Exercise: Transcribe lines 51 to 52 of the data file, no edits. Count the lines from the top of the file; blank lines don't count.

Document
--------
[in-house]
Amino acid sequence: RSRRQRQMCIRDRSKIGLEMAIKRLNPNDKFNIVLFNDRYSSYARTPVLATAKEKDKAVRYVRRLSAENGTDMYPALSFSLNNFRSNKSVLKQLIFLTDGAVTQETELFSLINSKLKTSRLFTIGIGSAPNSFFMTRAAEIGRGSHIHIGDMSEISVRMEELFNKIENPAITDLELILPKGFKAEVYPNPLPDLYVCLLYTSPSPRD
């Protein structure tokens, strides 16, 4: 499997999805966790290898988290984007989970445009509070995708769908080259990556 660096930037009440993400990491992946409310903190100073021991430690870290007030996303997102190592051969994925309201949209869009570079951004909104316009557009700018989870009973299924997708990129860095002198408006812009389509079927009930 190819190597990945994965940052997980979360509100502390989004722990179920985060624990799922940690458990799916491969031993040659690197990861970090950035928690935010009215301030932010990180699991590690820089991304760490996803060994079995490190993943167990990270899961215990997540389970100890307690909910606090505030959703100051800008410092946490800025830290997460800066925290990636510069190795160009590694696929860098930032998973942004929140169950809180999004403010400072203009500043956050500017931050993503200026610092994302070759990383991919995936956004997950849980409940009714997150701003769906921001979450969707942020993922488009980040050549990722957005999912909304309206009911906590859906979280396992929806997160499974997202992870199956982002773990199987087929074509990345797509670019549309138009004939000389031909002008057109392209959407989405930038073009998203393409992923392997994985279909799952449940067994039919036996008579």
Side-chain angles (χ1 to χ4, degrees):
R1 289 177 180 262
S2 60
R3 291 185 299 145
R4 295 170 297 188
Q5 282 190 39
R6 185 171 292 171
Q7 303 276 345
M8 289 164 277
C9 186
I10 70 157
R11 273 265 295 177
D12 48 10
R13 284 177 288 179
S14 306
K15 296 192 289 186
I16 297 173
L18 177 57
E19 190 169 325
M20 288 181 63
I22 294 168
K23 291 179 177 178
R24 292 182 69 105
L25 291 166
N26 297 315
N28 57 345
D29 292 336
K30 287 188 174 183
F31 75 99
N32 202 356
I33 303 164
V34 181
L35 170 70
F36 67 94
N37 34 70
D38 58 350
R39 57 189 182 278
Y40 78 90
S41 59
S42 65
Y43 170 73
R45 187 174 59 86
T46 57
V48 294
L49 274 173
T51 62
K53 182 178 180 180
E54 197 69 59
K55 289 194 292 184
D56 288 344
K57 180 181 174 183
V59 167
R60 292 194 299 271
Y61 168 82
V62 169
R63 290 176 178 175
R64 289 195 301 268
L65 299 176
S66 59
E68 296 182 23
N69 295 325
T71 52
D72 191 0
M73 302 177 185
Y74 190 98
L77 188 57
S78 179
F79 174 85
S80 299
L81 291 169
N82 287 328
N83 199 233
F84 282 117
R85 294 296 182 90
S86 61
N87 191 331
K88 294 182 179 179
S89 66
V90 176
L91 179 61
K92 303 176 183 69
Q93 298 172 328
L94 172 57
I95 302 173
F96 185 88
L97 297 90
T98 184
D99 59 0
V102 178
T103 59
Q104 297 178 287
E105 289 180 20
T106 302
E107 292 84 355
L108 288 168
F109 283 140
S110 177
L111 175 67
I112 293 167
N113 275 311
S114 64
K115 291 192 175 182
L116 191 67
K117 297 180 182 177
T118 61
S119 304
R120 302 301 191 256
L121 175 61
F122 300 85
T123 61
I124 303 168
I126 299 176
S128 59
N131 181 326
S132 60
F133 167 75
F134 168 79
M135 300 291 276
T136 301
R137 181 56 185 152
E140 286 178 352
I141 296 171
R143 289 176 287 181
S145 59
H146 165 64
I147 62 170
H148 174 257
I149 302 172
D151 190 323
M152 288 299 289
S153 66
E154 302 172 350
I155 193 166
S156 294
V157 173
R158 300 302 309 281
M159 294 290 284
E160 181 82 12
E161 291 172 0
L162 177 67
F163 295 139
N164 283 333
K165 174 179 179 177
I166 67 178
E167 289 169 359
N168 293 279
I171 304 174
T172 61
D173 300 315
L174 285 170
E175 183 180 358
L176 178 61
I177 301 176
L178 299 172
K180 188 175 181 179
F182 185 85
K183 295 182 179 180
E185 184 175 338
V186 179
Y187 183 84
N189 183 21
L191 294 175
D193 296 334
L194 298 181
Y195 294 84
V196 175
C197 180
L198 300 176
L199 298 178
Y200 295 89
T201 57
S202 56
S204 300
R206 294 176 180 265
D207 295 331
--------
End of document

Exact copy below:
E54 197 69 59
K55 289 194 292 184